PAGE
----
Now, this friend is a very shy, introverted, quiet-spoken person, and definitely not the physical confrontation type. However, when I asked him for his ideas about changes to that particular scene, he got up from his desk and began to act out all the parts of the physical confrontation for the scene. I sat and watched him with my mouth open. Here was an entirely different person from the one I’d known several years. He was so energized as he acted out all the parts that he made a believer out of me, and I went home and re-wrote that scene exactly the way he had acted it out. Of course, I acknowledged him gratefully in the front of the book.

So far, readers seem to find the changes I made very agreeable. Any of the rest of you who read the book are welcome to let me know what you think as well —  about the beginning, the short flashback, and the fight to save Quenton’s life — or just about the story in general.

The printed version of Quenton’s Honor is available from St. Ellen Press, and the digital version is available from Amazon’s Kindle Store. The publisher plans to make the print version available on Amazon this summer.

[Background globe photo by Prawny. Used by permission. Edited.]

~~~

Advertisements

3 thoughts on “Behind the Scenes During the Writing of ‘Quenton’s Honor’”

  1. Its great to see how things affect others,, I am redoing my love story, and changing names of all main characters, but for the past four days I cannot settle on the male characters name, so far changed it four times. Stuck on this is making it hard to continue the edit/rewrite. It is a lesson forr me to hear how others write their stories. 😉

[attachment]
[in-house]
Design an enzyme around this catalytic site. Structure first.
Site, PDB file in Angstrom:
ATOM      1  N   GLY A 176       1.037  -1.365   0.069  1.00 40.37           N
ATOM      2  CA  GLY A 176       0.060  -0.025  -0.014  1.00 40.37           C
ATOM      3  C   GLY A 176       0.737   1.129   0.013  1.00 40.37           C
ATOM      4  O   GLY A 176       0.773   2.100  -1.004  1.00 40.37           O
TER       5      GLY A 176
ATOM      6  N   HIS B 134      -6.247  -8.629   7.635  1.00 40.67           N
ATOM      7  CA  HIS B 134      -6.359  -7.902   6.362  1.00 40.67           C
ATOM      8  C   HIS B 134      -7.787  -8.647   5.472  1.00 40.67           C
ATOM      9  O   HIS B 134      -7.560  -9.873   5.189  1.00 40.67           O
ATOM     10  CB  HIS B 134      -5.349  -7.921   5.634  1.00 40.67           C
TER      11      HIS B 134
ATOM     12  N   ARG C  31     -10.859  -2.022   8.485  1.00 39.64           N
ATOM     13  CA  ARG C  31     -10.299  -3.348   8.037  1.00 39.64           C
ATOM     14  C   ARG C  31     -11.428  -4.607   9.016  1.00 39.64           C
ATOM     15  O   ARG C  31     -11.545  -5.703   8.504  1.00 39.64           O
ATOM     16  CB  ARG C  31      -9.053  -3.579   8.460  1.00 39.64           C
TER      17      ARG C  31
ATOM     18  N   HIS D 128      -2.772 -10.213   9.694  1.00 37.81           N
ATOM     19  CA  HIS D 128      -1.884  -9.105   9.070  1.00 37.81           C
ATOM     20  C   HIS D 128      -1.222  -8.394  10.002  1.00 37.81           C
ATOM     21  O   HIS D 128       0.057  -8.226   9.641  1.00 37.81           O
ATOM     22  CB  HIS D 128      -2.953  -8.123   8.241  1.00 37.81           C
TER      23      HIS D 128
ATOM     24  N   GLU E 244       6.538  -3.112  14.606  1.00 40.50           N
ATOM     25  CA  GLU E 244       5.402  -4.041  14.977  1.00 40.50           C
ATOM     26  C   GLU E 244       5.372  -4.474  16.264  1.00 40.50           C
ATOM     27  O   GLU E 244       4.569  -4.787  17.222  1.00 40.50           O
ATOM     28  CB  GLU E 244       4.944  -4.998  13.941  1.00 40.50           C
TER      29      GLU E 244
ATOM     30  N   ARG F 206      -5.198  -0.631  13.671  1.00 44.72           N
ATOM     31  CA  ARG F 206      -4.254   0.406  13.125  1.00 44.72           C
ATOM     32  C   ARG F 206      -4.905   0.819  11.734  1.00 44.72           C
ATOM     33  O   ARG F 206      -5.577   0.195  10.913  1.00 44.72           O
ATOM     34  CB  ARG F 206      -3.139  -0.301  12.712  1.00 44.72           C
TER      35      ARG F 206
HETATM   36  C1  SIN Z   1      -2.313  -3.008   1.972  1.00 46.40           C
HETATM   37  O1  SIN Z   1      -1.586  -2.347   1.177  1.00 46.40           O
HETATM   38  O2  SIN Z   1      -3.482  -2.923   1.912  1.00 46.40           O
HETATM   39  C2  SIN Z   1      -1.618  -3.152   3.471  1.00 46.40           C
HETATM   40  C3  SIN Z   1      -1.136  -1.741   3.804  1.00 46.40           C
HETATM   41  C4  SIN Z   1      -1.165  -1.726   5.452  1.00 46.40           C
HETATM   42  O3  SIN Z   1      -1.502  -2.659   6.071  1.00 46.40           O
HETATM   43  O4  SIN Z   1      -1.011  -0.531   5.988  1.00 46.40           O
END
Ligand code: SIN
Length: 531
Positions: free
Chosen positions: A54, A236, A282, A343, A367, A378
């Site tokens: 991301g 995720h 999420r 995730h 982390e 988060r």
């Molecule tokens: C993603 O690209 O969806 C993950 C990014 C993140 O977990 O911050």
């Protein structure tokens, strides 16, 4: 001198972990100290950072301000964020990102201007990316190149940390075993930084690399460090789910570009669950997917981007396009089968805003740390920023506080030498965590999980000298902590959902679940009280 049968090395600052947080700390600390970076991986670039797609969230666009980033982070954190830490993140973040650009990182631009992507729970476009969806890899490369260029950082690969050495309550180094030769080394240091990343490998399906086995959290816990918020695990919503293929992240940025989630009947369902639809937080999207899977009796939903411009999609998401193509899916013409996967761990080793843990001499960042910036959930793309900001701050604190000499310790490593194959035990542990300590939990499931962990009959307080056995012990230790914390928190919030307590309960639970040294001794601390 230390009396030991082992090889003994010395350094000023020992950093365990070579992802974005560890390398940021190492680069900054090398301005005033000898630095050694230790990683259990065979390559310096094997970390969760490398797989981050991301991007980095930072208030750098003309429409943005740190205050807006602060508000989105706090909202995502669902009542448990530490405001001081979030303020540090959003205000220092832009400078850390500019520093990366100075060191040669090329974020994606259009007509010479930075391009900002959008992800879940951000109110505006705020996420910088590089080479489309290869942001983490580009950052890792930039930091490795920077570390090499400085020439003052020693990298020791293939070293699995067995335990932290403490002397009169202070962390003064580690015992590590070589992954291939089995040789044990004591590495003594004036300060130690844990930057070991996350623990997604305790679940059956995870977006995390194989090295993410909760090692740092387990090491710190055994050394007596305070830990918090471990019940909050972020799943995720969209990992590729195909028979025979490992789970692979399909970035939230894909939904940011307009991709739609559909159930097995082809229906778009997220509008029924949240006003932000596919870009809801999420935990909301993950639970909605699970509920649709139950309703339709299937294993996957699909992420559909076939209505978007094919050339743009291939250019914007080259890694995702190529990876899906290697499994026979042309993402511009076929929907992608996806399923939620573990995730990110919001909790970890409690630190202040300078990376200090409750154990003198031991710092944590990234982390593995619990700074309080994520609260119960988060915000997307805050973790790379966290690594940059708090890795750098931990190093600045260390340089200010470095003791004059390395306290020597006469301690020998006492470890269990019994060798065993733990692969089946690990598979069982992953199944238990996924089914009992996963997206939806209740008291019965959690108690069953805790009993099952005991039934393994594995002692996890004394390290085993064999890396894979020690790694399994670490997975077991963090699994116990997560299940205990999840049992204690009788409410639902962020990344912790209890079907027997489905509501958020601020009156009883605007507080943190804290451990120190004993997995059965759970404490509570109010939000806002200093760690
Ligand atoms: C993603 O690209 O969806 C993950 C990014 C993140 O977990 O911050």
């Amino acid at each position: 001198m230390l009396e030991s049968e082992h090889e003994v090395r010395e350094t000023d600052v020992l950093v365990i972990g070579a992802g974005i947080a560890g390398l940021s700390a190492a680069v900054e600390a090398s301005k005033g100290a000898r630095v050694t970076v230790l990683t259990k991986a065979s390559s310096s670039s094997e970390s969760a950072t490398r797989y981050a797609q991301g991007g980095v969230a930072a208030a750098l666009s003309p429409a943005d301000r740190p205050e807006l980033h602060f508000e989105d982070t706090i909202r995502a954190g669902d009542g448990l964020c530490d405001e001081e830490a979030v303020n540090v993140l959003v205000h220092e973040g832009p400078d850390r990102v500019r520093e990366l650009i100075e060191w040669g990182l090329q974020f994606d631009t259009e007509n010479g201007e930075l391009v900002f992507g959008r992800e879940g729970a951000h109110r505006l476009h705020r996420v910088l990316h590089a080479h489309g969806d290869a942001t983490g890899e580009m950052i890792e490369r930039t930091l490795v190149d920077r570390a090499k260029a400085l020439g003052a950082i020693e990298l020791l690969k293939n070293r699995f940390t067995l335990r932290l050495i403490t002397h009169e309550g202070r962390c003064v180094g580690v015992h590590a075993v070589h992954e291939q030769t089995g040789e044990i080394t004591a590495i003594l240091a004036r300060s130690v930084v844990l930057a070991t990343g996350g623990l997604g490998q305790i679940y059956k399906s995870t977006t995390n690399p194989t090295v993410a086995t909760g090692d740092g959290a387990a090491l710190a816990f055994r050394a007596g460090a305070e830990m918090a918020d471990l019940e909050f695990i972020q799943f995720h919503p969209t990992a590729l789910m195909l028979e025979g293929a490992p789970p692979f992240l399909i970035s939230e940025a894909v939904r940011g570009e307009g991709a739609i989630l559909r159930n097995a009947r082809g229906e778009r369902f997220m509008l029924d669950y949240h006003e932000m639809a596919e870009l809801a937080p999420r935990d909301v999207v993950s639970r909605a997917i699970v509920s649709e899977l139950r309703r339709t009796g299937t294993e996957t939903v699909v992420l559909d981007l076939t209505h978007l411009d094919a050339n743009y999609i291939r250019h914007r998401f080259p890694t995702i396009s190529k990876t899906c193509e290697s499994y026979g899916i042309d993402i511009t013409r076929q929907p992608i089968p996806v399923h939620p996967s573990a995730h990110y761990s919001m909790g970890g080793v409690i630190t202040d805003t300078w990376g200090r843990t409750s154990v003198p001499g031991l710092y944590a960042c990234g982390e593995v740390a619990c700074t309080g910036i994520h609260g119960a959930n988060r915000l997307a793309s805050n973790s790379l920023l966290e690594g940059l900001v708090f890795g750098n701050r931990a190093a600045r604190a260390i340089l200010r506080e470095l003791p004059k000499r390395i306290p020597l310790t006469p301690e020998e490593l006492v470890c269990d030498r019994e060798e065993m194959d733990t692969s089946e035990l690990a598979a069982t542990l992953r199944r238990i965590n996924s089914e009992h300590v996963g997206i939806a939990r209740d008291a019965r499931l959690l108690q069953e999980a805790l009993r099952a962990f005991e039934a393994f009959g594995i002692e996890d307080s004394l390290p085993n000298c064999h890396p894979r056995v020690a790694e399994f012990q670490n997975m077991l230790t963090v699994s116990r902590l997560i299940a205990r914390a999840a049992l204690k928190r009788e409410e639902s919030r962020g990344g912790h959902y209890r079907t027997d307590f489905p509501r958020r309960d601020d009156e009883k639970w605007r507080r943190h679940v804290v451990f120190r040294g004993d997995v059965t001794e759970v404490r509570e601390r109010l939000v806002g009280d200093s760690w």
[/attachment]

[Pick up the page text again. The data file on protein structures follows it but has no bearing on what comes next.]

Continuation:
1. I agree names are hard. Hang in there, Gerry. It’s good that you’re taking the time to really think.

      I made the mistake once of naming a character rather off-handedly because I thought he was going to be just an incidental character to give me a love triangle for a couple chapters. (I had named my main characters carefully, but I really didn’t think this guy mattered enough to spend much time on him.)

      Unfortunately, as the novel came to an end, a sequel kept pressing me to write it, and he turned out to be the main character in book # 2 — and one of the important characters in every other book in the series.

      I was never really happy with his name, but once the first book in the series was published, I was stuck with it for the rest. So I’ve never been sloppy about anyone’s name since then.

      1. I used my name at first and funny enough it seemed to fit with the story line but I always had in mind of changing it when story was done, but now I had got use to it and nothing else seems to work.. Keep working on it, one might fall into place.. thanks Sandra for your posts and thoughts..

Hey, don't you dare go away without leaving me a note!

Fill in your details below or click an icon to log in:

WordPress.com Logo

You are commenting using your WordPress.com account. Log Out / Change )

Twitter picture

You are commenting using your Twitter account. Log Out / Change )

Facebook photo

You are commenting using your Facebook account. Log Out / Change )

Google+ photo

You are commenting using your Google+ account. Log Out / Change )

Connecting to %s